Contemporary Approaches to Film and Media Series
Series Editor: Barry Keith Grant, Brock University
The Contemporary Approaches to Film and Media Series has as its focus original areas of film research and innovative critical approaches to film, television, and new media. The series publishes works that open further avenues for research and debate for the scholar. The titles are suitable for classroom use at the undergraduate and graduate levels.
Advisory Editors: Robert J. Burgoyne, University of St. Andrews; Caren J. Deming, University of Arizona; Patricia B. Erens, School of the Art Institute of Chicago; Peter X. Feng, University of Delaware; Lucy Fischer, University of Pittsburgh; Frances Gateward, California State University, Northridge; Tom Gunning, University of Chicago; Thomas Leitch, University of Delaware; Walter Metz, Southern Illinois University.
The Simpsons and the Possibility of Oppositional Culture
A study of the landmark television program The Simpsons which focuses on the show’s dual roles as subversive political satire and mainstream mass media hit.
German Popular Film in Perspective
Light Motives undertakes a long overdue critical reassessment of German popular cinema, challenging the traditional view of German film history and offering new ways to think about popular cinema in general.
Film and Film Culture in South Africa
An engaging inquiry into the history of South African film and its future—one that focuses on the country’s cultural history while squarely facing questions of race.
Selected Essays from the Hitchcock Annual
An engaging look at Alfred Hitchcock’s work from all angles, culled from an authoritative source of Hitchcock film commentary.
Cinemas of Girlhood
A provcative, contemporary anthology examining the construction of girls in modern cinema.
The Making of a Korean National Cinema
Im Kwon-Taek: The Making of a Korean National Cinema is a collection of essays written about Im Kwon-Taek, better known as the father of New Korean Cinema, that takes a critical look at the situations of filmmakers in South Korea.
Essays on the Art of Film
An examination of how the escapism offered by movies is really a form of homecoming for the viewer.
The Silent Scenario and the Japanese Pure Film Movement
A new look at an important era of Japanese cinema, featuring translations of key scripts.
A Philosophical Perspective on Film
A philosophical reexamination of Stanley Cavell’s The World Viewed.
This anthology examines a number of issues related to violence within the media landscape.
In this anthology, filmmakers, psychoanalysts, film scholars, and cultural historians use a psychoanalytical approach to examine Bernardo Bertolucci's epic film The Last Emperor (1988).
Studies of National Cinemas
This volume comprises essays on the development of the New Latin American Cinema as a comparative national project.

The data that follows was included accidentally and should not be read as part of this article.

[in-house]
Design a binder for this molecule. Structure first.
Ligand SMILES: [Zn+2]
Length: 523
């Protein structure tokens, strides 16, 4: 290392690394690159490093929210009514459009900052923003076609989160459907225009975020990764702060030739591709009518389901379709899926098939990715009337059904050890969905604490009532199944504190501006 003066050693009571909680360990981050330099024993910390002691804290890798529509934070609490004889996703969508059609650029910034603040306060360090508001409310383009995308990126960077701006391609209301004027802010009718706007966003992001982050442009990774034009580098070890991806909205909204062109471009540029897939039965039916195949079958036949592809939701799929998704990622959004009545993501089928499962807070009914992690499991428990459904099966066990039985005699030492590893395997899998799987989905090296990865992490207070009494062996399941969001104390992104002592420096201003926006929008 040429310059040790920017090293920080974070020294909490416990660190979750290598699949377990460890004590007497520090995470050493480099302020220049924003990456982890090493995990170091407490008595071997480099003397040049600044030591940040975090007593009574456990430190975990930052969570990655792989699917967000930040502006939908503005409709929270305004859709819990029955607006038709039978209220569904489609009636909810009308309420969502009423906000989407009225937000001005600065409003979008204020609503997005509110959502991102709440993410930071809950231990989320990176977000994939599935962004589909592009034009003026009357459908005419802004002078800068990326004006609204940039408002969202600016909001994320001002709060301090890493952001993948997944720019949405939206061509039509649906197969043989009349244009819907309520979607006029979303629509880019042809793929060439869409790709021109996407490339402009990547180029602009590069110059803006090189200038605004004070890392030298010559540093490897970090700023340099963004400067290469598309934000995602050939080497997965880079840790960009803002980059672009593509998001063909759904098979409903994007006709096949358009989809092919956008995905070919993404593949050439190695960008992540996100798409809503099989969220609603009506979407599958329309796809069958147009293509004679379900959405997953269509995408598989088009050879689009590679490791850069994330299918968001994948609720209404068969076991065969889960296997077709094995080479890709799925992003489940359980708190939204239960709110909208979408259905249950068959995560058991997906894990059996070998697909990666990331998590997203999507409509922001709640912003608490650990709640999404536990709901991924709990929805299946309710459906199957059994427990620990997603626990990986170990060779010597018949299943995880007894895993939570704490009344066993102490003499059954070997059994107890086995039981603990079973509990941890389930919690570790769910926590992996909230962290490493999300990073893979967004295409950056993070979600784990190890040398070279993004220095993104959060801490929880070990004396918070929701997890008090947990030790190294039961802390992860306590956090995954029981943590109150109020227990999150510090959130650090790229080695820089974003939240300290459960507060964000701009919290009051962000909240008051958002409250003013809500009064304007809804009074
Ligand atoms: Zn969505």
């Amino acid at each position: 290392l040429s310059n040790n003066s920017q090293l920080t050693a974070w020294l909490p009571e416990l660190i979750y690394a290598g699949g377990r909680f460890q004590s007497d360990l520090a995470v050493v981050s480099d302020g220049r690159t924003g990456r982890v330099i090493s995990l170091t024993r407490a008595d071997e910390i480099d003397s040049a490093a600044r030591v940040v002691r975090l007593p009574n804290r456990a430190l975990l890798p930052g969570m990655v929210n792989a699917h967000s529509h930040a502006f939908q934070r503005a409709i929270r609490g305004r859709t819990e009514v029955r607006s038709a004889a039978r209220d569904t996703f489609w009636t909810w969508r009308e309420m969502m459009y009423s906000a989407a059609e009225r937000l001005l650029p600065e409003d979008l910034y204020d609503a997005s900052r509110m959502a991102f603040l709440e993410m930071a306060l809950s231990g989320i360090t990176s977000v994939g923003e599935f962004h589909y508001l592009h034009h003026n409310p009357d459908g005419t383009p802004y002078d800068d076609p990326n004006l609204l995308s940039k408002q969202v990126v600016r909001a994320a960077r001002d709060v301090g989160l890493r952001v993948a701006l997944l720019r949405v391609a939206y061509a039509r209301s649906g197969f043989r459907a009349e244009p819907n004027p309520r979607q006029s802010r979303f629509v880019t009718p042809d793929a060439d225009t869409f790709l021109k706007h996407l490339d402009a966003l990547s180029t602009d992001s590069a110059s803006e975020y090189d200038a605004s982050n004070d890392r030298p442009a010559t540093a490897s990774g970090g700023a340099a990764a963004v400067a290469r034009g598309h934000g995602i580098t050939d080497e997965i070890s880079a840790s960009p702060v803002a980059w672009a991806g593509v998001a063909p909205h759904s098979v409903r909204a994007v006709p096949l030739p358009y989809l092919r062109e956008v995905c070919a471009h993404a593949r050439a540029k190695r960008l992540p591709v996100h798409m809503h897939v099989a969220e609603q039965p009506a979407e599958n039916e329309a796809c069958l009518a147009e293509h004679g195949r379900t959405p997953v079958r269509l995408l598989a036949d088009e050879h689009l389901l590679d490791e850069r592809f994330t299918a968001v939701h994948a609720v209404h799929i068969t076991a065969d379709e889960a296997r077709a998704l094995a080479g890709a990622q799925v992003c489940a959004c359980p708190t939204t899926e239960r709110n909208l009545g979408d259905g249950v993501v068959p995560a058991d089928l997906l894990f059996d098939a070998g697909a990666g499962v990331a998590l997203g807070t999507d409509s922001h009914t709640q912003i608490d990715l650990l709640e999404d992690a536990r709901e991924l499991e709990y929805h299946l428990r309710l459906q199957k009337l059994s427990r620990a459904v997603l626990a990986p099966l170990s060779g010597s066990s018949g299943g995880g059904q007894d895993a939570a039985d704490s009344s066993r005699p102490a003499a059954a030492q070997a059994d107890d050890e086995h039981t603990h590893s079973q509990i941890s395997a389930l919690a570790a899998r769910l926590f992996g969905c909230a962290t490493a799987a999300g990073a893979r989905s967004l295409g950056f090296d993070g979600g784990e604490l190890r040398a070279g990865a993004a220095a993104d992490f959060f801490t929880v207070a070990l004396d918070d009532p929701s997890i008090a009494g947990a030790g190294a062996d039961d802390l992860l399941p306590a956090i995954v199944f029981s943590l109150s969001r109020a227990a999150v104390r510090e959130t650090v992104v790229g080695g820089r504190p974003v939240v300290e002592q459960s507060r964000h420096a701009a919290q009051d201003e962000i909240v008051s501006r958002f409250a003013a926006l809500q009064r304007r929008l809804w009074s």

Theories, Practices, and Transcontinental Articulations
Volume One explores the formation of the New Latin American Cinema movement, its national and continental implications (including the diasporic/exilic experience) and transcontinental articulations through the writings of pioneer filmmakers and scholars.
Diversity, Dependence, and Oppositionality
This is a study of the cinematic traditions and film practices in the black Diaspora.
Texts in Context
German Cinema is the first English-language volume to provide a comprehensive historical overview of German film from the silent era to the present, as well as close readings of individual films.
Critical Approaches to Twin Peaks
This fascinating collection of essays considers David Lynch's politics, the enigmatic musical score, the show's cult status, treatment of family violence, obsession with doubling, and silencing of women.
Understanding the American Avant-garde Cinema
This is a controversial book that examines the implicit assumptions of other scholars, advocates an alternative to dominant approaches to the avant-garde cinema, and questions some long-standing clichés about the history of the avant-garde.
From Rope to Vertigo
Hitchcock’s Rereleased Films contains new essays on five of Hitchcock’s most important films, revealing their artistic and cultural achievement and their centrality to understanding our culture.
A Reader on Film & Television Melodrama
This collection of important essays examines melodrama from a variety of perspectives—chronological, theoretical, international, and feminist.
Ferro discusses how film reveals the conscious values of its creators, the dominant ideology of the society in which the film was created, and also unconscious or subverted meanings and values.